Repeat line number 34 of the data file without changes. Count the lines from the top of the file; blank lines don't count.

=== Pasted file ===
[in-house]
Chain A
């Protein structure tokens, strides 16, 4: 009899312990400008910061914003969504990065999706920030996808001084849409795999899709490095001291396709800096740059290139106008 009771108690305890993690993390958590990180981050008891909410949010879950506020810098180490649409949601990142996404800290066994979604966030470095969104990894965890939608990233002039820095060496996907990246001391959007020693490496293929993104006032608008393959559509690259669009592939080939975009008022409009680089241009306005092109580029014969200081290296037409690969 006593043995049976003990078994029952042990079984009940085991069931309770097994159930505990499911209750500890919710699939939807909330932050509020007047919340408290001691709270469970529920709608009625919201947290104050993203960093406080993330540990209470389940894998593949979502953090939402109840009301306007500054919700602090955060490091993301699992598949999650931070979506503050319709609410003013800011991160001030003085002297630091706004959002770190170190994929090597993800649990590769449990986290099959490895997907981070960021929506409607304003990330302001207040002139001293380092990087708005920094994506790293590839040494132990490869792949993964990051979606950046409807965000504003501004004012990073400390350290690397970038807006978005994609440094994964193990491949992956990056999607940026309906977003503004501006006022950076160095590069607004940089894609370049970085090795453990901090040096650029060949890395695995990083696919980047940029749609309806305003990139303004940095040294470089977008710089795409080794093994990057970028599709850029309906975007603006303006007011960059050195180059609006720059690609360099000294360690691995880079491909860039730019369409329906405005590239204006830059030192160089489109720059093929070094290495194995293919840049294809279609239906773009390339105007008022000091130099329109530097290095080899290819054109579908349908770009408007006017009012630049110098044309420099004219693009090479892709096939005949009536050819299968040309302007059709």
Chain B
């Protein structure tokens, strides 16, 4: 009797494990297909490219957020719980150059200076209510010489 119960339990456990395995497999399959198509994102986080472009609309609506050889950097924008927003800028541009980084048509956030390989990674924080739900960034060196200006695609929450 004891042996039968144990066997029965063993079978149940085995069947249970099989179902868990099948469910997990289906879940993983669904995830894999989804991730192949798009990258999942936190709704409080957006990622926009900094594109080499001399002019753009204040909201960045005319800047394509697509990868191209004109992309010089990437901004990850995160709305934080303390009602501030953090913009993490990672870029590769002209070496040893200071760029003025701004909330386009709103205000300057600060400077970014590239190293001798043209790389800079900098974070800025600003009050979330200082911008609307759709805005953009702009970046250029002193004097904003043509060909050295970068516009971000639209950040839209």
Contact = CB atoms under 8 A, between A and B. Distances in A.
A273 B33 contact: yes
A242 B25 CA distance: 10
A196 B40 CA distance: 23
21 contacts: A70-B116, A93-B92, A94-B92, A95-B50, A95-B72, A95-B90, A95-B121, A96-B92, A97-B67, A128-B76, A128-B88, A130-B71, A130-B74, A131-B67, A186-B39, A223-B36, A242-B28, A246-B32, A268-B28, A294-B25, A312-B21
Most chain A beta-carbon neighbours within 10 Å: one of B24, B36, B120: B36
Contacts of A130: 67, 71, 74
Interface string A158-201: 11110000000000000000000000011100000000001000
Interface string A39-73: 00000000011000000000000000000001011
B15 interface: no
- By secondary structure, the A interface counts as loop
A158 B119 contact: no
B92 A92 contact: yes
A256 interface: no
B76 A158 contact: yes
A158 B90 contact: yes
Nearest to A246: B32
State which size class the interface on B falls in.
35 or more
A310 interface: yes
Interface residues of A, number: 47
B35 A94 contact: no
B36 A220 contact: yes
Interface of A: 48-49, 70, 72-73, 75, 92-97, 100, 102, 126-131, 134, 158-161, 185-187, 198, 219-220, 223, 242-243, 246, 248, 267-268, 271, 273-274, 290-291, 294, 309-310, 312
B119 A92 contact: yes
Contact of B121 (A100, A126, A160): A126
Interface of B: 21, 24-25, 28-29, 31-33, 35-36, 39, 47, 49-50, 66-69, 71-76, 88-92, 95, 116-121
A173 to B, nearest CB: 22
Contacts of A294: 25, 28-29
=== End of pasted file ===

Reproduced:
Contacts of A294: 25, 28-29